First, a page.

Early Orthopaedic Trauma Outcomes in COVID-19 Infected Patients: A Case Series

imageSummary:
Orthopaedic trauma presents a unique and complex challenge in the initial phase of the coronavirus 2019 (COVID-19) global crisis. Little is currently known about the surgical practices in orthopaedic emergencies in the early days of the COVID-19 outbreak (1). This is a retrospective case series of 10 orthopaedic trauma patients who underwent fracture fixation in March 2020. Of the 10 patients testing COVID-19 positive, there were a total of 16 long bone fractures, 5 pelvic ring fractures, and 1 lumbar burst fracture. There were 7 (70%) males in this cohort. Two (20%) of the COVID-positive patients did not develop fever, leukocytosis, respiratory insufficiency, or positive imaging findings and were younger (average age 25.5 years) with fewer comorbidities (average 0.5) compared with the 8 symptomatic COVID-19–positive patients (56.6 years with 1.88 comorbidities). Advancement of COVID-19 pathogenesis with lung opacities and prolonged intubation occurred in all 5 patients who remained on ventilation postoperatively (range 9 hours–11 days). At the time of most recent follow-up, all patients survived, 1 continues to require ventilation support, 1 remains admitted without ventilation support, and 8 (80%) were discharged to home.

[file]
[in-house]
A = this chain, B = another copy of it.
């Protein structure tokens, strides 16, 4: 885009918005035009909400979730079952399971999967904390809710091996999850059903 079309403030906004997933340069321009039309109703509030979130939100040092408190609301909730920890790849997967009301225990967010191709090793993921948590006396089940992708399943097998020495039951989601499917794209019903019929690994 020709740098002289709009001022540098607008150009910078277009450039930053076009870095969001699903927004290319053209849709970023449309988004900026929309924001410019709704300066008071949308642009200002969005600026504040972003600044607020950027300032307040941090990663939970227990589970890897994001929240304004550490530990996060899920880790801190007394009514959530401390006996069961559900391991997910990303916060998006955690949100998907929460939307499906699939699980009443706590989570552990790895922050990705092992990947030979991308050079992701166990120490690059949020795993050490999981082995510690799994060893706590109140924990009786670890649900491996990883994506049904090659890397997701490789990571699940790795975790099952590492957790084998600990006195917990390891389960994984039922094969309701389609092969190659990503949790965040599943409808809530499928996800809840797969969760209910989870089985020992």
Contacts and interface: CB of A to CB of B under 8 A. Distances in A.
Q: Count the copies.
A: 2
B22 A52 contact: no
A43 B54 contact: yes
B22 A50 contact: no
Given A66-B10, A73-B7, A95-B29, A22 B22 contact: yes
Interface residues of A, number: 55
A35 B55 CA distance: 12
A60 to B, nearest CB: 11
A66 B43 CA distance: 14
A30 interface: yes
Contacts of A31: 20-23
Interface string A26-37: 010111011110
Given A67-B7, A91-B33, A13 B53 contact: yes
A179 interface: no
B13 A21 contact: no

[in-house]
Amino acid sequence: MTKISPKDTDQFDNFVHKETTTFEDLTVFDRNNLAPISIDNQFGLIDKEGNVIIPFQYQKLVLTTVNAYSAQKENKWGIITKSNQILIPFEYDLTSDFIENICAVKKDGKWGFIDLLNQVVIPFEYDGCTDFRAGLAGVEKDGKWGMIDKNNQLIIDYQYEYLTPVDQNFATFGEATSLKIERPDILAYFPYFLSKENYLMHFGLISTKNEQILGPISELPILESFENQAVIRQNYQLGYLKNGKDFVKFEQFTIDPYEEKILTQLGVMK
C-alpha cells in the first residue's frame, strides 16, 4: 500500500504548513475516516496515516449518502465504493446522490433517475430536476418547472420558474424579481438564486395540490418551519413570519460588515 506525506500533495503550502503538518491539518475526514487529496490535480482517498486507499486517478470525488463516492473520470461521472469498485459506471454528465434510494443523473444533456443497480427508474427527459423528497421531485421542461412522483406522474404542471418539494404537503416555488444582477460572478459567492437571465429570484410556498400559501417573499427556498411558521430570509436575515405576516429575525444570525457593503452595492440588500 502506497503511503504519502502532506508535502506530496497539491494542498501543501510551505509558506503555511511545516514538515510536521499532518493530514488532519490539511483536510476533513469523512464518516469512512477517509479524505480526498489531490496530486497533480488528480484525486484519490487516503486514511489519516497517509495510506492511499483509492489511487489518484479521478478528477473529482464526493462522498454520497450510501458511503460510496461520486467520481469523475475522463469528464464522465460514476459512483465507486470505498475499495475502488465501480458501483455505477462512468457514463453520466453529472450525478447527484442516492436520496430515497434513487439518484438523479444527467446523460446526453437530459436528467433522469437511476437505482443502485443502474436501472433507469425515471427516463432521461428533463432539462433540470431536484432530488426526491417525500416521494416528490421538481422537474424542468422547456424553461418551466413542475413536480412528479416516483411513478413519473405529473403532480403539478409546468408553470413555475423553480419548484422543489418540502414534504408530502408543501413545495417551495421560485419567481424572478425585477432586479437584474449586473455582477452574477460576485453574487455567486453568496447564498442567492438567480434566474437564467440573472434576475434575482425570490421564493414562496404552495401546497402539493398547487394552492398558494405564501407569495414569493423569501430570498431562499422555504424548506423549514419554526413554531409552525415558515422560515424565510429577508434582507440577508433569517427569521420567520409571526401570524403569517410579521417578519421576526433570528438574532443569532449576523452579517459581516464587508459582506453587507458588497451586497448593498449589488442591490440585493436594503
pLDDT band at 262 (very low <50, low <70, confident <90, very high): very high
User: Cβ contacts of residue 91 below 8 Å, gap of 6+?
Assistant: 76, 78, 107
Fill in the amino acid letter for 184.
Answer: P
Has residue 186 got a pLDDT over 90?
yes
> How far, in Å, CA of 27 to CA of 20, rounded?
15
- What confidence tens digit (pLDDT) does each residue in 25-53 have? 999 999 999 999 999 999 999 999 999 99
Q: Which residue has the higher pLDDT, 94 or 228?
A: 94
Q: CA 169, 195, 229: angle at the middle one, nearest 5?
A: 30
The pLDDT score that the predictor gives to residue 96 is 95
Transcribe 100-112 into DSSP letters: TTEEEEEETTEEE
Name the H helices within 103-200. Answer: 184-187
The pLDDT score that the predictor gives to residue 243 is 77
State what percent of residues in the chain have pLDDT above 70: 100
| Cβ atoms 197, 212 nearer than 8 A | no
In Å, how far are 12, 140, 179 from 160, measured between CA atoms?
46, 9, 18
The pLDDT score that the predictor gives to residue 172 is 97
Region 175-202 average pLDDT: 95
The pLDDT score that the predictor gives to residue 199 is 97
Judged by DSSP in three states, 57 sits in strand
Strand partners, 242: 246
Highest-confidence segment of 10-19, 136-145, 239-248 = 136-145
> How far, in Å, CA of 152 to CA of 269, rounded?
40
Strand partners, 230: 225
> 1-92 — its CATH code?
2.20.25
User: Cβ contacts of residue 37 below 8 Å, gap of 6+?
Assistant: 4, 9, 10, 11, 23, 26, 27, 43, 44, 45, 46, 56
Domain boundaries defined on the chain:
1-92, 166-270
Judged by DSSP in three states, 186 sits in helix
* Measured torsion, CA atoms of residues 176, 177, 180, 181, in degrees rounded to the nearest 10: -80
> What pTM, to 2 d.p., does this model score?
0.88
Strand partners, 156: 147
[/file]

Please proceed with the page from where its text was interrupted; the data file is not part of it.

Level of Evidence:
Prognostic Level II. See Instructions for Authors for a complete description of levels of evidence.

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https://journals.lww.com/jorthotrauma/Fulltext/2020/10000/Early_Orthopaedic_Trauma_Outcomes_in_COVID_19.16.aspx